FORT PIERCE, Fla. - Some people who live in Fort Pierce are rallying behind the family of a man shot and killed by a St. Lucie County deputy in 2014.
Greg Hill Jr.’s family was awarded $4 in a settlement handed down by a jury earlier this month, finding Deputy Christopher Newman was not liable in Hill’s death, and that Sheriff Ken Mascara was 1% liable, saying Hill was 99% responsible for his own death.
The family was suing for wrongful death.
The jury awarded Hill’s mother $1 for funeral expenses. The other $3 went to each of Hill’s three children.
At least 100 people marched to the federal courthouse Friday, carrying signs and chanting “we want justice” for several blocks.
Monique Davis, Hill Jr.’s fiance at the time of his death, spoke to the crowd of supporters.
“It is hard to think someone who had a huge part of your life can be gone in just 65 seconds,” Davis said.
In 2014, deputies responded to Hill’s home for a noise complaint.
Deputies said Hill opened the garage door, intoxicated, then closed it.
Before closing it, investigators said Newman saw a weapon. Newman shot Hill through the garage door.
Later, investigators said they found Hill’s gun in his back pocket.
“I don’t care if he had a weapon. I have one. The point is this: He was at his own home, minding his own business. That’s a dilemma,” said Commissioner Reggie Sessions, who helped organize the rally. “We’re not going to let Greg’s death be in vain.”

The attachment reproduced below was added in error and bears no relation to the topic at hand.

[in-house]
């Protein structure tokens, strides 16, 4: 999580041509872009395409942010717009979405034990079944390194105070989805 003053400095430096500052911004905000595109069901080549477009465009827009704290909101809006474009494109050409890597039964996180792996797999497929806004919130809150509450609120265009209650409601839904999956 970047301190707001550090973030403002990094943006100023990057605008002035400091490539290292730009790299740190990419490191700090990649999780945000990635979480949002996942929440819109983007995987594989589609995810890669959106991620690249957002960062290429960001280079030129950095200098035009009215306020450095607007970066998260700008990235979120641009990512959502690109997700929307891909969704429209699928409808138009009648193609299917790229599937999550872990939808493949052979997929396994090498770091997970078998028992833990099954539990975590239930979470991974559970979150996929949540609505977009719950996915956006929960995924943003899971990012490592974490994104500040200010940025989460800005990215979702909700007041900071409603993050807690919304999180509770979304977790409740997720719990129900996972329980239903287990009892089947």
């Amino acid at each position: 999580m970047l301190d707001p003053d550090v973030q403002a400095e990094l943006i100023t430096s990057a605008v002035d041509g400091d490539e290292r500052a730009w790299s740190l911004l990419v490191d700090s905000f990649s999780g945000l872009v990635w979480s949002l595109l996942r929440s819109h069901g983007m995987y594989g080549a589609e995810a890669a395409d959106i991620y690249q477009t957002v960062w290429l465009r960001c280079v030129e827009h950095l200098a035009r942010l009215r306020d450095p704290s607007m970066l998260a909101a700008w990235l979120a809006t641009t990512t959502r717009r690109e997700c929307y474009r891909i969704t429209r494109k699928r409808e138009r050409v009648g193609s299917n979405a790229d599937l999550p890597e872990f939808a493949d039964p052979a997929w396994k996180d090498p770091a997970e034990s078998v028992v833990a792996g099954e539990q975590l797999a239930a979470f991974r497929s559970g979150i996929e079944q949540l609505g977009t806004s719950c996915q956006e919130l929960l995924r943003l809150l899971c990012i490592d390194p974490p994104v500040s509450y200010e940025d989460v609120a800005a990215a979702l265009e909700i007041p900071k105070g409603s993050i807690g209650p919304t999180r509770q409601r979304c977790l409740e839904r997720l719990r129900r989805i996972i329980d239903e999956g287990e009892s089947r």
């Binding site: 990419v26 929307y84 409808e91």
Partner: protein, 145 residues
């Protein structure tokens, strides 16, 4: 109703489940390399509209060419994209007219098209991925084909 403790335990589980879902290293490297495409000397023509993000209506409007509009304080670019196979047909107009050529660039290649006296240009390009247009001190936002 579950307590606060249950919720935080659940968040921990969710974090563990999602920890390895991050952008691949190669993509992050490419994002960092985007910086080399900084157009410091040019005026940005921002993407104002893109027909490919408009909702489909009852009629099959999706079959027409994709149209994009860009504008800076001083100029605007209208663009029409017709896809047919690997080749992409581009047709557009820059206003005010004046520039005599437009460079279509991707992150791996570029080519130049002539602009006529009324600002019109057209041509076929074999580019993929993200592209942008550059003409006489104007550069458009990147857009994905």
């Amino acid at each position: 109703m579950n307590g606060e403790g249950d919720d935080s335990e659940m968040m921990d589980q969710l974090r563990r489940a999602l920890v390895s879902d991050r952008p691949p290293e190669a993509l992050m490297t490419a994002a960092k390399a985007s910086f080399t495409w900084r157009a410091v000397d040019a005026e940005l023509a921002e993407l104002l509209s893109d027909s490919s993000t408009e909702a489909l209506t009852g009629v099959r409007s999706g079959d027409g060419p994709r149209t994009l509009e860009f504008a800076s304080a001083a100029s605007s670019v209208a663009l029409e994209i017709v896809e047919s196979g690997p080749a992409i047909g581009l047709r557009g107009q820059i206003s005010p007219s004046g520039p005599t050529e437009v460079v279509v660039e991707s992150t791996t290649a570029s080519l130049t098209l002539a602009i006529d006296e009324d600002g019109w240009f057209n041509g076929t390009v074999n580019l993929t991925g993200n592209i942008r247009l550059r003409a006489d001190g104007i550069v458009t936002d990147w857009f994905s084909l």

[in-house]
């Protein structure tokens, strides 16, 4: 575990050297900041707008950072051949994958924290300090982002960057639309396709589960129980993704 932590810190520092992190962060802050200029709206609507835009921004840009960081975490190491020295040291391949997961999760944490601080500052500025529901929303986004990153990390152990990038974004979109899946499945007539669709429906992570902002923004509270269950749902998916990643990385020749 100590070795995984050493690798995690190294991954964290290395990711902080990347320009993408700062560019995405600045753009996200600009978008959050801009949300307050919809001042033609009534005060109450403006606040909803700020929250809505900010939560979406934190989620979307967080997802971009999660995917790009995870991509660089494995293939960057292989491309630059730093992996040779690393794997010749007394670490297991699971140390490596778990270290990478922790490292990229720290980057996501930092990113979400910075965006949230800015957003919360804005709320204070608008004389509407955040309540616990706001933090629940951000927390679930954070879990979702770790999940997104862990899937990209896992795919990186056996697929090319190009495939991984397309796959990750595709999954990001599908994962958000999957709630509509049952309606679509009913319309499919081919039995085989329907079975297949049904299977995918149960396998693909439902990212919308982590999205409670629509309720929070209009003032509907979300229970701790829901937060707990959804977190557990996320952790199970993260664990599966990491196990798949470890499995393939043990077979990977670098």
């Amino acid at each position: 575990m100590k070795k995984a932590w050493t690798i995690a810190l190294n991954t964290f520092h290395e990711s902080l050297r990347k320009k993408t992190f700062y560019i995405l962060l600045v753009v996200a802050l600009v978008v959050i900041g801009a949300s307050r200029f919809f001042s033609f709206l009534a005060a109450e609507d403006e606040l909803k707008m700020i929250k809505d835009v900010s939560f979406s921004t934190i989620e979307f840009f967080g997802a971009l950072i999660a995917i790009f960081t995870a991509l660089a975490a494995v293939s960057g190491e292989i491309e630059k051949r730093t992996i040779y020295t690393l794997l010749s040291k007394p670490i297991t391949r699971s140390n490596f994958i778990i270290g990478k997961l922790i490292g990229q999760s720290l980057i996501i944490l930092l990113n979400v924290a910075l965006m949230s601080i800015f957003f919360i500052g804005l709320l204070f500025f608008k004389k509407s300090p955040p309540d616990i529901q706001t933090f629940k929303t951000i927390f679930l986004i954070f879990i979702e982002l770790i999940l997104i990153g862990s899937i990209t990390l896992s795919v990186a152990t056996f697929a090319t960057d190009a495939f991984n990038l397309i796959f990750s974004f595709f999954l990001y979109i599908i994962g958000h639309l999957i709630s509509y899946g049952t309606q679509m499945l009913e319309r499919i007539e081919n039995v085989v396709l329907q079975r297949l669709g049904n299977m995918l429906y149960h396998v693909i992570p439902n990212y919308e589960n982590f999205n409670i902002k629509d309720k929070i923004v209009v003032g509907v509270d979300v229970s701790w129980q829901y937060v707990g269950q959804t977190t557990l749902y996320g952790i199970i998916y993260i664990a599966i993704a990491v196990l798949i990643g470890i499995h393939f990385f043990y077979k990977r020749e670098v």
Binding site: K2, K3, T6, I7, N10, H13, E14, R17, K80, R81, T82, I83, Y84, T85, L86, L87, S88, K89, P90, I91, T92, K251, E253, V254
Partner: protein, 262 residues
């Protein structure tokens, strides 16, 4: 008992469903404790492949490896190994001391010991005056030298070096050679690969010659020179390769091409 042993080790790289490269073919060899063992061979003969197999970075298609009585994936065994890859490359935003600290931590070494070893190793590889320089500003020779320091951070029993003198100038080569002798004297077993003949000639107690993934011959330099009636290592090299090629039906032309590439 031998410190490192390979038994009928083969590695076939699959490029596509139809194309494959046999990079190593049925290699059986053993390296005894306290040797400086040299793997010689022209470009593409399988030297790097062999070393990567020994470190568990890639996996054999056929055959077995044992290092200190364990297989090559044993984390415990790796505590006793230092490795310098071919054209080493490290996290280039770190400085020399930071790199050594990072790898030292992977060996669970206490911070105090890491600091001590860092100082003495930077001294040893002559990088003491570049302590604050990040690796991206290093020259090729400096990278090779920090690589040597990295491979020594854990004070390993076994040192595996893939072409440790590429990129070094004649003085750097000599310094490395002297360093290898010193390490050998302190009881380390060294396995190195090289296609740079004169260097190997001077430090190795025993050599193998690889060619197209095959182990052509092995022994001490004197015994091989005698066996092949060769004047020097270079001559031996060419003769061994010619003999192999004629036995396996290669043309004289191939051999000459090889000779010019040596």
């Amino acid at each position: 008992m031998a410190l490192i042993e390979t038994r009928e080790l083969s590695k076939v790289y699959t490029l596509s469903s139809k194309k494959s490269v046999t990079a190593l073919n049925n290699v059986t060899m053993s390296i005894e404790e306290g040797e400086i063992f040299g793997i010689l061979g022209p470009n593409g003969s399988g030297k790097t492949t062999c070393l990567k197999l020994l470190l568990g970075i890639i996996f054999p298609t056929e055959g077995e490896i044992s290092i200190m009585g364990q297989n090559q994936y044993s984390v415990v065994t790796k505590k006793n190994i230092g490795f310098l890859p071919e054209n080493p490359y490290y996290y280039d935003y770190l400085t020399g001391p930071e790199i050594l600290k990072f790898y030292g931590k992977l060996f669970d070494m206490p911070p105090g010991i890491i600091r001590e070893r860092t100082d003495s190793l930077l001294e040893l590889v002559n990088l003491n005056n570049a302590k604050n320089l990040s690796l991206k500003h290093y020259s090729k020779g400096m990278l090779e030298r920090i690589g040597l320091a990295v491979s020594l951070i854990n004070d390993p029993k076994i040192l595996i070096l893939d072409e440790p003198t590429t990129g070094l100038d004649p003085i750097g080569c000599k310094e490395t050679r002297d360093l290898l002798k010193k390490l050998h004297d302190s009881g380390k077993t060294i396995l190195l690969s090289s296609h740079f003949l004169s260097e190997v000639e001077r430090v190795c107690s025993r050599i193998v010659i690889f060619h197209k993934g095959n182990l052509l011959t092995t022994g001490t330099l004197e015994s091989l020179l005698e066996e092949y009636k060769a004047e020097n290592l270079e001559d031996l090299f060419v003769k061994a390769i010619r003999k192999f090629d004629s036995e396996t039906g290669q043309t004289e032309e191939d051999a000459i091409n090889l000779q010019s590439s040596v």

Family, friends and even strangers to Hill’s family showed up to the court house. “The fact that it can happen to him, it just hurts my heart, so I had to stop by and show support,” said resident Calvin King.
Davis was touched by the support. She said her attorney will be appealing the verdict.
“A new trial. That’s what we’re praying for next. But, we’re going to keep on marching, we’re going to keep on speaking our opinions, and our voices will be heard until we get into that courtroom again,” Davis said.
More than $80,000 has been raised in a GoFundMe account for the family.
Sheriff Mascara has supported the verdict, and said “Newman was placed in a very difficult situation and like so many fellow law enforcement officers must do every day, he made the best decision he could for the safety of his partner, himself and the public given the circumstances he faced.”